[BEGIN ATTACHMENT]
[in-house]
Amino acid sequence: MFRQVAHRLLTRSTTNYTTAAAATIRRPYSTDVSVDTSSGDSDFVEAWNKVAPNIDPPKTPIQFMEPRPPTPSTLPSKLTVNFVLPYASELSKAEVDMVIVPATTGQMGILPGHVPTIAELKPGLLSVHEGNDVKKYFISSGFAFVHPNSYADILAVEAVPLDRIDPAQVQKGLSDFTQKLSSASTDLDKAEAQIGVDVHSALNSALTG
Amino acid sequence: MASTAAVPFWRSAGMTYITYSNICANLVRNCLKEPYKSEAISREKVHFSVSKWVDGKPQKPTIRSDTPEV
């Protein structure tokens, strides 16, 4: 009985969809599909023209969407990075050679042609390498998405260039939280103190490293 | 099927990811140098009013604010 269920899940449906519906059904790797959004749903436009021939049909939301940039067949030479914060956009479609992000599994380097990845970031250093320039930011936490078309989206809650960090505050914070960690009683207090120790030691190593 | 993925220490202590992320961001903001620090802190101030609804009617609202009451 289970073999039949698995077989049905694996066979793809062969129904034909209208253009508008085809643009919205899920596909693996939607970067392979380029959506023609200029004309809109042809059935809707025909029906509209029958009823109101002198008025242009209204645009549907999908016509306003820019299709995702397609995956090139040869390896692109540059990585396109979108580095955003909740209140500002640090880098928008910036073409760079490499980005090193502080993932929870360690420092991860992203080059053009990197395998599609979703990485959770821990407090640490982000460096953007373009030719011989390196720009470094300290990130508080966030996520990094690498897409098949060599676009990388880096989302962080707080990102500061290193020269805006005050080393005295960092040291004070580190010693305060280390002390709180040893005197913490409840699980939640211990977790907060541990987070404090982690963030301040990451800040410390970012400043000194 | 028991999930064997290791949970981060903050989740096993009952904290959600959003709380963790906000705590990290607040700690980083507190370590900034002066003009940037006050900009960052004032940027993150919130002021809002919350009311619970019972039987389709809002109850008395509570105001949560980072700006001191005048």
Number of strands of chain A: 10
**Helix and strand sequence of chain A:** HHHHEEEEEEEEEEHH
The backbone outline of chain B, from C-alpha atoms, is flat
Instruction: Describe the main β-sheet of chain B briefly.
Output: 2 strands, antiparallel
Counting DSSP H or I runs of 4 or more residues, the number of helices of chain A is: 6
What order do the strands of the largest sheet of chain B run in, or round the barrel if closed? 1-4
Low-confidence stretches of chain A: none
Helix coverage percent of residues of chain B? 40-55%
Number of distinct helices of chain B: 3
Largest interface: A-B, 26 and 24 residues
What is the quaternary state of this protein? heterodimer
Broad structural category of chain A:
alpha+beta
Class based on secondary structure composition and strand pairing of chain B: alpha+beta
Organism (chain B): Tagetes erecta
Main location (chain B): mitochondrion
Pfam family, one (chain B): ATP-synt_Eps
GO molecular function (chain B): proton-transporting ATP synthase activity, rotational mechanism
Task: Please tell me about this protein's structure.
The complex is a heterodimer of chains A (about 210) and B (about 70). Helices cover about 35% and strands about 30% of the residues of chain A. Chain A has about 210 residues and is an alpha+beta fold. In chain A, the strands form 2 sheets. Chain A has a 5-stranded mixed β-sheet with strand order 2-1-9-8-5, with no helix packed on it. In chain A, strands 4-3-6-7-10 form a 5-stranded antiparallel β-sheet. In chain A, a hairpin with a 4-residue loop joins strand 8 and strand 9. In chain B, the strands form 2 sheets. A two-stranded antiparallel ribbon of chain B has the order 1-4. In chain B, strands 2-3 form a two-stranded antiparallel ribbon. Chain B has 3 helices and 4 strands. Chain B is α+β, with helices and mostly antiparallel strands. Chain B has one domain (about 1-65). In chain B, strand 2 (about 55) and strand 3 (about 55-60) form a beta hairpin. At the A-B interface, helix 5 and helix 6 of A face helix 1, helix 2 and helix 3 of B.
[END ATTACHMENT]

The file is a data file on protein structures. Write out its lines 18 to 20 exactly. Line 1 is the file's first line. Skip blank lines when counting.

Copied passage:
alpha+beta
Class based on secondary structure composition and strand pairing of chain B: alpha+beta
Organism (chain B): Tagetes erecta